Update: I rewrote my answer in case someone needs a solution and stumbles to this question.
There are 3 possible solutions I know for this problem:
- Create a custom collation
- Add a normalized field
- Use regular expressions in queries
I wrote a tutorial showing how to apply these solutions to MySQL. I will try to summarize this steps here.
1. Create a custom collation
You can create a custom collation make MySQL deal with these characters as one. Custom collation can be added to a file called
Index.xml located in the directory of charsets. The location of the file can be found by querying the
information_schema with the following:
SHOW VARIABLES LIKE 'character_sets_dir';
Navigate to the directory, back up the file, open it and scroll to element
<charset name=”utf8″>, add the following XML:
<collation name="utf8_arabic_ci" id="1029">
<reset>\u0627</reset> <!-- Alef 'ا' -->
<i>\u0623</i> <!-- Alef With Hamza Above 'أ' -->
<i>\u0625</i> <!-- Alef With Hamza Below 'إ' -->
<i>\u0622</i> <!-- Alef With Madda Above 'آ' -->
<reset>\u0629</reset> <!-- Teh Marbuta 'ة' -->
<i>\u0647</i> <!-- Heh 'ه' -->
<reset>\u0000</reset> <!-- Ignore Tashkil -->
<i>\u064E</i> <!-- Fatha 'َ' -->
<i>\u064F</i> <!-- Damma 'ُ' -->
<i>\u0650</i> <!-- Kasra 'ِ' -->
<i>\u0651</i> <!-- Shadda 'ّ' -->
<i>\u064F</i> <!-- Sukun 'ْ' -->
<i>\u064B</i> <!-- Fathatan 'ً' -->
<i>\u064C</i> <!-- Dammatan 'ٌ' -->
<i>\u064D</i> <!-- Kasratan 'ٍ' -->
This xml simply says that this collation is one of utf8 charsets, I chose to name it
utf8_arabic_ci, and chose id number of
1029, custom collations ids are in the range 1024-2047. The collation rules tells MySQL to treat all forms of Alef as the same character, and also Teh and Heh, and ignore tashkil completely. You can add more rules if you like. Refer to MySQL docuemntation for more info about custom collations.
Now restart MySQL and change the collation of the column to our new collation with a query like:
ALTER TABLE persons MODIFY name VARCHAR(50)
CHARACTER SET 'utf8' COLLATE 'utf8_arabic_ci';
You should be able to search for 'اسامة' and get 'اسامة', 'أسامه', 'أسَامَة' ... etc.
2. Add a normalized field
This solution requires adding a new field to the table. The field will be 'normalized', this is an example of a normalized Arabic first name field:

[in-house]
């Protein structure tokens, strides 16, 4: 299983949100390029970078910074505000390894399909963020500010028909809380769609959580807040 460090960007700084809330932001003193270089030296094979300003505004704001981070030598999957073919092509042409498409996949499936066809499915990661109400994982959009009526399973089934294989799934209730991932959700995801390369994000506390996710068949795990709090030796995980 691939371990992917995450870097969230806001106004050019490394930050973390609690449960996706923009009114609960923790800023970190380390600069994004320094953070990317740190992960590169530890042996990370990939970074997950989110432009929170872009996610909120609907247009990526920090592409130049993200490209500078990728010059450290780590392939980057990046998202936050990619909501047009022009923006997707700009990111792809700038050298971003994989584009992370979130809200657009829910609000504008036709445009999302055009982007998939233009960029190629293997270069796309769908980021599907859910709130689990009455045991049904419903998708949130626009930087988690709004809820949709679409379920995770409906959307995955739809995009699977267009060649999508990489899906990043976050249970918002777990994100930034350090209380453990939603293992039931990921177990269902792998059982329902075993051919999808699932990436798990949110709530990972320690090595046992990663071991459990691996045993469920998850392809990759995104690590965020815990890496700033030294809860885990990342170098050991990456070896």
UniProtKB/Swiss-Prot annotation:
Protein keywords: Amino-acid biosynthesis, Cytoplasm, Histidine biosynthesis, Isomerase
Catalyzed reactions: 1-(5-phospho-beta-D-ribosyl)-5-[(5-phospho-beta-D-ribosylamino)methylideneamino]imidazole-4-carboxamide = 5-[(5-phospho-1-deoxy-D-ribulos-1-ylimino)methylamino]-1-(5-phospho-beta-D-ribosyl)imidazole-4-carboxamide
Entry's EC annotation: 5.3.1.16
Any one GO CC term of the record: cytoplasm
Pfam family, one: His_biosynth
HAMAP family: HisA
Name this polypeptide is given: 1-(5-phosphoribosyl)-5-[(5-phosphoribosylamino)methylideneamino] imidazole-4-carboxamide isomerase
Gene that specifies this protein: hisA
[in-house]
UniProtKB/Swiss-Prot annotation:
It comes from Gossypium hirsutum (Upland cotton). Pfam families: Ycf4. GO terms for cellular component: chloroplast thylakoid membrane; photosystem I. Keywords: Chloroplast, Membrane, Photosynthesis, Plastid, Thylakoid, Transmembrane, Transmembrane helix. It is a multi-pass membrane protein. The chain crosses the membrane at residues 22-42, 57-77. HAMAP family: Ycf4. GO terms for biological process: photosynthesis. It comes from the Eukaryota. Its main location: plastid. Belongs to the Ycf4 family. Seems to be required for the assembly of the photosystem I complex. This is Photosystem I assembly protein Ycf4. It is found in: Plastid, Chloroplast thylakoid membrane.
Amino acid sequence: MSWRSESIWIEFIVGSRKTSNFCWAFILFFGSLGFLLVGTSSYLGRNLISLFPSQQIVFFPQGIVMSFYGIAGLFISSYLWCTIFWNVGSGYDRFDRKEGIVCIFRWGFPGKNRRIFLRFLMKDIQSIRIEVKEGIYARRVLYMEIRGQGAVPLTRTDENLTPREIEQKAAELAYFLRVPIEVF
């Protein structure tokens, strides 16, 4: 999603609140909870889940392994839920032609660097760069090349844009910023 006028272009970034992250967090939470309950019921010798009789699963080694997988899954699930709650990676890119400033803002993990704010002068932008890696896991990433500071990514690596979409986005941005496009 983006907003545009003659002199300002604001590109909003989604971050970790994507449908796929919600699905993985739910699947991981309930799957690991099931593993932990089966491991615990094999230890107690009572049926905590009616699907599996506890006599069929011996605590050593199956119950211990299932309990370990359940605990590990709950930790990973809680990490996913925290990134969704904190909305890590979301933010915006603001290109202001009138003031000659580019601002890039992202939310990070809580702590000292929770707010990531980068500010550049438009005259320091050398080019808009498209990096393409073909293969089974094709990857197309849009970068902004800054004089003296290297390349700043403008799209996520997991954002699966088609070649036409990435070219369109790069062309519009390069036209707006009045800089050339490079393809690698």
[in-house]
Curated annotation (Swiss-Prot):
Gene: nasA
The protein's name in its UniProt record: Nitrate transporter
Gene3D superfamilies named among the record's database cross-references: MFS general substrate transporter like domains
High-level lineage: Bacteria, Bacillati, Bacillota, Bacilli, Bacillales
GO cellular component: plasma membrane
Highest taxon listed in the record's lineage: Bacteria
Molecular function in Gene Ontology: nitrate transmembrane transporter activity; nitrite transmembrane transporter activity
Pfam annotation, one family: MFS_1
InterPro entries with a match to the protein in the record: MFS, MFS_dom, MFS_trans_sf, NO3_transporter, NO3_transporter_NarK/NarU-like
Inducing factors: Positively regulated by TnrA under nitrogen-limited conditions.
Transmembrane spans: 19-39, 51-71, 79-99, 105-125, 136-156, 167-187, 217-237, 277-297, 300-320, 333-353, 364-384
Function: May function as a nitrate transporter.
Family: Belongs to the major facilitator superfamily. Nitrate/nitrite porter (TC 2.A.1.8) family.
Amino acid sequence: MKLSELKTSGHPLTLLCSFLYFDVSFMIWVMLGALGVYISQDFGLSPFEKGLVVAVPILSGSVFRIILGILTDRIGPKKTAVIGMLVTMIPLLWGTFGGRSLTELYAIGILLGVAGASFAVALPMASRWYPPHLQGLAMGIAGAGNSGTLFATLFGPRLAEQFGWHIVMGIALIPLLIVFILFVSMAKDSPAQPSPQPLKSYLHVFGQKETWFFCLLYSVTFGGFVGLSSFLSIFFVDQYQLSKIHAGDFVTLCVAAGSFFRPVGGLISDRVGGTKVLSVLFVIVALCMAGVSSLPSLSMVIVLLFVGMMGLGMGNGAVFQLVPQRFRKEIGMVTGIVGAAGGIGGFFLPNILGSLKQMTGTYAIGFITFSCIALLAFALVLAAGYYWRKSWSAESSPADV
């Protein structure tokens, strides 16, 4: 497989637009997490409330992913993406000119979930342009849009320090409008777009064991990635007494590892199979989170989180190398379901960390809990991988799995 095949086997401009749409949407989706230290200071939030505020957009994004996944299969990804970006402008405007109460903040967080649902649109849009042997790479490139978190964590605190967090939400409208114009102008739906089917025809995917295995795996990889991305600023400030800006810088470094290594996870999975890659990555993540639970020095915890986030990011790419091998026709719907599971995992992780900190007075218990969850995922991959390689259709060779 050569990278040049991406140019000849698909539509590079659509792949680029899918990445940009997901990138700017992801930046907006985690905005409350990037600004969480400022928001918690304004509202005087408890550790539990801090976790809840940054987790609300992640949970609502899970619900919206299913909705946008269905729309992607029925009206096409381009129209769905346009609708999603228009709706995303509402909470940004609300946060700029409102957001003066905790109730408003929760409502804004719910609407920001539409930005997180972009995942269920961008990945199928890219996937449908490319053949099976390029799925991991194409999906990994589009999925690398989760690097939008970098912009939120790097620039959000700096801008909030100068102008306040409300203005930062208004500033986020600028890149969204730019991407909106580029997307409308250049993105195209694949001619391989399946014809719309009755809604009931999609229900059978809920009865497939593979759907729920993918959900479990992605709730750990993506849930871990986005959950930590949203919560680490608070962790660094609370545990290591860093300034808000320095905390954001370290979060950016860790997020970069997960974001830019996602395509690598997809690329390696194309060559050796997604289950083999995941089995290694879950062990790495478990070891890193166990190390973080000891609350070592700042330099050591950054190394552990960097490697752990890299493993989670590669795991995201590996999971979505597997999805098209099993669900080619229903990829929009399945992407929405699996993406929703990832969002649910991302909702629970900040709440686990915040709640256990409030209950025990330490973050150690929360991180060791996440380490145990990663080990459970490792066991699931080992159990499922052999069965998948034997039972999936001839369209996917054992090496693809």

id normalized_name name
1 احمد احمد
2 أحمد احمد
3 أسامه اسامة
4 أسامة اسامة
5 اسامه اسامة
6 اسَامه اسامة
This normalized field can be created by adding a new column to the table and filling it with the result of a 'normalizing' function which replaces the different variation of a character with only one and also removes Tashkil. Now to make the search query work, we will query for the normalized field and display the original field. Something like the following:
SELECT name FROM persons WHERE normalized_name = "اسامة";
| name |
| أسامه |
| أسامة |
| اسامه |
| اسَامه |
3. Using regular expressions in queries
I don't recommend this solution, you will lose the advantage of indices, will cost you on performance, and you will have a hard time generating regex patterns. But you might find it useful for testing or special queries.
You can use
REGEX or its synonym
RLIKE in MySQL queries. For example, if you want to find the name 'أحمد' with any of the variations of Alef, you will use a pattern like:
SELECT name FROM clients WHERE name REGEXP 'ا|أ|إ]حمد]'
This should show the required result, all you have to do is to write a function to generate this pattern for the search string. This is an example function but keep in mind this is just an example and won't work in all cases:
// Add all your patterns and replacement in these arrays
$patterns = array( "/(ا|أ|آ)/", "/(ه|ة)/" );
$replacements = array( "[ا|أ|آ]", "[ة|ه]" );
$query_string = preg_replace($patterns, $replacements, $search_string);
This should work for Alef, Teh and Heh, but it won't work for the Tashkil.
Adding a custom collation I think is the best solution for most cases, but you might not be able to edit charset files (like if you are using a shared hosting for example), adding a normalized field will be the solution in this case, and you might find regex pattters useful in somecases.